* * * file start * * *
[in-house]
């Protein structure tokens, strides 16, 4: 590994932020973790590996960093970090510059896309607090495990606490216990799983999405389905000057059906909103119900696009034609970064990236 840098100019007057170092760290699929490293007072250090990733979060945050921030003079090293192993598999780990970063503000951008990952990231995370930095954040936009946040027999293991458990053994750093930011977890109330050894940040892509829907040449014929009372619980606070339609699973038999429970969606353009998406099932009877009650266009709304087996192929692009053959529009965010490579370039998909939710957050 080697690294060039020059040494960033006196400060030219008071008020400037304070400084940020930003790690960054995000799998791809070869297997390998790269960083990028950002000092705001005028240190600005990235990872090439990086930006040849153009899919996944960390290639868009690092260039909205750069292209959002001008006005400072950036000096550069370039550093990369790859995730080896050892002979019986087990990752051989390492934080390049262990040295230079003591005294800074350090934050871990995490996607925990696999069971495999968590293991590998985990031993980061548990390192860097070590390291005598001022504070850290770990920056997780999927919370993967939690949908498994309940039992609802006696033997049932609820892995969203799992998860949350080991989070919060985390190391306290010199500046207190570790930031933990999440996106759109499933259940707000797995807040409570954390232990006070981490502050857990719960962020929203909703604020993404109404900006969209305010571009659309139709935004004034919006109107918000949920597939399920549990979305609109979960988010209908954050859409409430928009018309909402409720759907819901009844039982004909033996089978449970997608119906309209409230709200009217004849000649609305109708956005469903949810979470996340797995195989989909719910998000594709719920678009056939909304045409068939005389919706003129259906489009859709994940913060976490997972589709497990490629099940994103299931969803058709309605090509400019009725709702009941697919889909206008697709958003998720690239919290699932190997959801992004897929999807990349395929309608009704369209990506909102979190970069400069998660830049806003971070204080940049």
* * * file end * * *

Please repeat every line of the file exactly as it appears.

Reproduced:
[in-house]
């Protein structure tokens, strides 16, 4: 590994932020973790590996960093970090510059896309607090495990606490216990799983999405389905000057059906909103119900696009034609970064990236 840098100019007057170092760290699929490293007072250090990733979060945050921030003079090293192993598999780990970063503000951008990952990231995370930095954040936009946040027999293991458990053994750093930011977890109330050894940040892509829907040449014929009372619980606070339609699973038999429970969606353009998406099932009877009650266009709304087996192929692009053959529009965010490579370039998909939710957050 080697690294060039020059040494960033006196400060030219008071008020400037304070400084940020930003790690960054995000799998791809070869297997390998790269960083990028950002000092705001005028240190600005990235990872090439990086930006040849153009899919996944960390290639868009690092260039909205750069292209959002001008006005400072950036000096550069370039550093990369790859995730080896050892002979019986087990990752051989390492934080390049262990040295230079003591005294800074350090934050871990995490996607925990696999069971495999968590293991590998985990031993980061548990390192860097070590390291005598001022504070850290770990920056997780999927919370993967939690949908498994309940039992609802006696033997049932609820892995969203799992998860949350080991989070919060985390190391306290010199500046207190570790930031933990999440996106759109499933259940707000797995807040409570954390232990006070981490502050857990719960962020929203909703604020993404109404900006969209305010571009659309139709935004004034919006109107918000949920597939399920549990979305609109979960988010209908954050859409409430928009018309909402409720759907819901009844039982004909033996089978449970997608119906309209409230709200009217004849000649609305109708956005469903949810979470996340797995195989989909719910998000594709719920678009056939909304045409068939005389919706003129259906489009859709994940913060976490997972589709497990490629099940994103299931969803058709309605090509400019009725709702009941697919889909206008697709958003998720690239919290699932190997959801992004897929999807990349395929309608009704369209990506909102979190970069400069998660830049806003971070204080940049």